Needing two birdies in her final two holes to tie Kim, Olson managed a par and a birdie. She finished her final round with a 1-over 72 to place in a tie for second place at 2-under.

Meanwhile, Kim became the 10th South Korean golfer since 2008 to win the U.S. Open.

“I kind of assumed it would be between me and Hinako,” Olson said, referring to Japan’s Hinako Shibuno, who entered the day with at 4-under with a one-stroke lead over Olson. “I just thought it was going to be potentially between us. I was definitely surprised to see someone come from behind and put that good of round together.”

Amy Olson tees off on the third hole during Monday's final round of the U.S. Women's Open golf tournament at Champions Golf Club in Houston.  Erik Williams / USA TODAY Sports
Amy Olson tees off on the third hole during Monday's final round of the U.S. Women's Open golf tournament at Champions Golf Club in Houston. Erik Williams / USA TODAY Sports

Conditions were challenging for the Open’s final round, which was suspended until Monday due to heavy rains on Sunday. Golfers endured 43-degree weather with 11 mile-per-hour winds.

Wearing a grey stocking hat and a pink insulated vest, Olson struggled at the start of the day with bogeys on the par-4 No. 2 and No. 3 holes and another bogey on the Par-3 No. 4 hole. That put her in a tie for fourth place at even par, three strokes behind the leader.

Olson bounced back with a birdie on the par-5 No. 5 hole and another birdie on the par-4 No. 6 hole. Olson finished the front nine with three straight pars to remain tied for first place.

Olson, who grew up in Oxbow, N.D., just south of Fargo and became an All-American golfer at NDSU, took sole possession of first place when she carded a par on the par-4 No. 10 to remain at 2-under for the tournament. She built a two-stroke lead after carding a par on the par-4, No. 11 hole.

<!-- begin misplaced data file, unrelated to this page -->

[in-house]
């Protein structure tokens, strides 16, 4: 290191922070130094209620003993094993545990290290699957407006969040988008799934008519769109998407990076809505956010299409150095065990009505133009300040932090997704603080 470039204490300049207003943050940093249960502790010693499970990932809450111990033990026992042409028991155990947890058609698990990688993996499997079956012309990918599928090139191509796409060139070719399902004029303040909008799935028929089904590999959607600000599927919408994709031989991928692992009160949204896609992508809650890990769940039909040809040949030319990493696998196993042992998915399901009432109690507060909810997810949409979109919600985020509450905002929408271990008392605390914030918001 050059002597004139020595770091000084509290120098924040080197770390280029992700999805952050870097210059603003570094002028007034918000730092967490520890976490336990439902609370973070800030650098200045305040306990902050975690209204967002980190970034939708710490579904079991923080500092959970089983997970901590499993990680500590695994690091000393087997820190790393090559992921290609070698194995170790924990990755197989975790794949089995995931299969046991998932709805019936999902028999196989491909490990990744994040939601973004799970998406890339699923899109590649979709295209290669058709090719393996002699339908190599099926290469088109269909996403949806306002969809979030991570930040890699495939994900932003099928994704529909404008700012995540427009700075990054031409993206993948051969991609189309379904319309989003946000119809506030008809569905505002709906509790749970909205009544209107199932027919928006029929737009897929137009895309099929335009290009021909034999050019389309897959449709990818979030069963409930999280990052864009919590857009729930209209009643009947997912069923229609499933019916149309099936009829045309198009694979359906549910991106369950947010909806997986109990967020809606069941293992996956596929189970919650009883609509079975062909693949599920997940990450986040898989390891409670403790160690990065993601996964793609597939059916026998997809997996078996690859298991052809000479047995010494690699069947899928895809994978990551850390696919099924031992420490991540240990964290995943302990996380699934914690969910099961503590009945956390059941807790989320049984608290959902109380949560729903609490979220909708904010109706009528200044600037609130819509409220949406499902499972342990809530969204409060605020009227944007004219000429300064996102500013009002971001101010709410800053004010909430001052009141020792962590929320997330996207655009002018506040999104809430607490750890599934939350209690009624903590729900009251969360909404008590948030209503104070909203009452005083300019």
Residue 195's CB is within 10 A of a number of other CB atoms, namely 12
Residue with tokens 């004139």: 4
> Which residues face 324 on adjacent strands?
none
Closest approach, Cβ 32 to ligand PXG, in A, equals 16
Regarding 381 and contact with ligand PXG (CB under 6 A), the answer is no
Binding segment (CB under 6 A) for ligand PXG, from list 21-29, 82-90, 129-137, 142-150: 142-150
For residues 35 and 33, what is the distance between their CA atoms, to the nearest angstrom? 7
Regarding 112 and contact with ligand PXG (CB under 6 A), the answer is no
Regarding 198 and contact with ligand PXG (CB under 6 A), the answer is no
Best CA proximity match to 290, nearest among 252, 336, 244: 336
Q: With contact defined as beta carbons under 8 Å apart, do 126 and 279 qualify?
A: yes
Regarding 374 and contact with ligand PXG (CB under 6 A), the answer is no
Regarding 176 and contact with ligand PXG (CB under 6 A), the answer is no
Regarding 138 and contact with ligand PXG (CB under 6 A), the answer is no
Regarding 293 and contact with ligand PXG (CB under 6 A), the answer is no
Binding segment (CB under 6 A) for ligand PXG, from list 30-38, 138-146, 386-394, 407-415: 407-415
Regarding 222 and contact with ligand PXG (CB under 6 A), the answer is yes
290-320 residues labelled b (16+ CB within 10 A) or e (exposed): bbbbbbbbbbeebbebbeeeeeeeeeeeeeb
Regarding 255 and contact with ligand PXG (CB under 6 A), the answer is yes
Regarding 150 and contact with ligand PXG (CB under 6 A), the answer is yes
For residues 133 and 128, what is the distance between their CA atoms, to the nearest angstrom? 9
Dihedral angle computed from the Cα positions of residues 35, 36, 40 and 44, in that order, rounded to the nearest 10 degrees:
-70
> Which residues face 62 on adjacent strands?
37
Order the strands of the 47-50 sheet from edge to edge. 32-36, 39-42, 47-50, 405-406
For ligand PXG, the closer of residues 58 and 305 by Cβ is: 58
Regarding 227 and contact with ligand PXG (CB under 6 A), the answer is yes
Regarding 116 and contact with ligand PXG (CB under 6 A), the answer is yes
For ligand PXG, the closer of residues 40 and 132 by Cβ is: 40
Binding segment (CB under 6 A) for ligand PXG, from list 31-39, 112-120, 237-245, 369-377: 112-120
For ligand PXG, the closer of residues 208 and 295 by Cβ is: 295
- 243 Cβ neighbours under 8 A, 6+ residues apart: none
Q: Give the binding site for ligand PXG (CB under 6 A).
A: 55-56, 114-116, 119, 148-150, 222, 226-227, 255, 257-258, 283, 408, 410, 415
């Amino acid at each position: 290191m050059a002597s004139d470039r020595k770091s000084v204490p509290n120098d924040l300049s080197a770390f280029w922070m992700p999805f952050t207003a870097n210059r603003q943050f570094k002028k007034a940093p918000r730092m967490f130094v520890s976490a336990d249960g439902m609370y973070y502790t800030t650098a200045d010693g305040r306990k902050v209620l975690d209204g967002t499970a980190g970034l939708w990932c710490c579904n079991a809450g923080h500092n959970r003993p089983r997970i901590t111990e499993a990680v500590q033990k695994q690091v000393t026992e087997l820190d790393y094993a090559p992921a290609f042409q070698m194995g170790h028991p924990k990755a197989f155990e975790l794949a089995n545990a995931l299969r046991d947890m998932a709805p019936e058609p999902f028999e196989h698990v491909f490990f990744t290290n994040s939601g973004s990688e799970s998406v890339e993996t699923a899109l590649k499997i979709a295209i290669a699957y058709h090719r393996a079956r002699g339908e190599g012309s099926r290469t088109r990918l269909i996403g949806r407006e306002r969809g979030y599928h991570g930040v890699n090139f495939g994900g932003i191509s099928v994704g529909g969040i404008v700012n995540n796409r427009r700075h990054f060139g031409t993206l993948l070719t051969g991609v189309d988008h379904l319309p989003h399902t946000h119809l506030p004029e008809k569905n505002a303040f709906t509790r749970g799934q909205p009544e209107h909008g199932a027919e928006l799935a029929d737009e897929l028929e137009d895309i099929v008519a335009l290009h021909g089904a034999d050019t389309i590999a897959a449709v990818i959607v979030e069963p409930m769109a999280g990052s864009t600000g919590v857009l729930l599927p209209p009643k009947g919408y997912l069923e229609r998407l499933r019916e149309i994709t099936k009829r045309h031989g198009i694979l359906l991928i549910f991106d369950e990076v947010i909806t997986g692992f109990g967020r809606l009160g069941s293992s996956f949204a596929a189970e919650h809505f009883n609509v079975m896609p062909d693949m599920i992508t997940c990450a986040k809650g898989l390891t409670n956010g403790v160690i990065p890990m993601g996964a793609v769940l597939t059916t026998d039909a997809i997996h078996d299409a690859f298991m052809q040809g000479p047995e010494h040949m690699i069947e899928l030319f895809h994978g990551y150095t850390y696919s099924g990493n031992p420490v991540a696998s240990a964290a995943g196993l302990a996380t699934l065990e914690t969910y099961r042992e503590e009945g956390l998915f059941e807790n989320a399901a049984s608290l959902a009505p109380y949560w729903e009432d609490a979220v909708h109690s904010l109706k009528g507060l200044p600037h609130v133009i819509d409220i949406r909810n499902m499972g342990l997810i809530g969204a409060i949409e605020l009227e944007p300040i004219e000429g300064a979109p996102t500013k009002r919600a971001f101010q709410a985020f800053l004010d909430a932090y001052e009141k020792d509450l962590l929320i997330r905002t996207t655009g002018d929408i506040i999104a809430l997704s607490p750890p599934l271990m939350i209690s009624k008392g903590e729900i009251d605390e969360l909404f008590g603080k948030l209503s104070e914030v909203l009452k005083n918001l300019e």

On the par-5, No. 13, Olson just missed a birdie putt and settled for a par to remain a 2-under. Shibano sank her birdie putt to cut Olson’s lead to one stroke.

Meanwhile on the par-4, No. 17, Kim carded a birdie to tie Olson at 2-under.

After Olson posted a par on the par-4, No. 14 to remain at 2-under, Kim ended her round sinking a birdie putt on the par-4, No. 18 to take the lead at 3-under. Kim finished her final round with three straight birdies for a 4-under score of 67.

On the par-4, No. 15, Olson sank a testy par putt to remain at 2-under. On the par-4, No. 17, Olson sank a 10-foot par putt. On the par-5, No. 18, Olson sank a 12-foot birdie putt to finish one stroke behind Kim and finish with her third runner-up finish in her 147 LPGA events.

“I struck the ball really well all week and I putted great all week,” said Olson, who told reporters she had a special relationship with her father-in-law. “He was a big tough, military, West Point guy. But he had a soft spot for the women in his life. He loved to hunt and fish and we will cherish those memories.”

And the memory of placing runner-up in one of golf’s most prestigious events.

“I knew I had to stay very mentally disciplined just to get through the day but I allowed myself to think of what I am grateful for,” Olson said, as tears filled her eyes. “And I’ve got a long list.”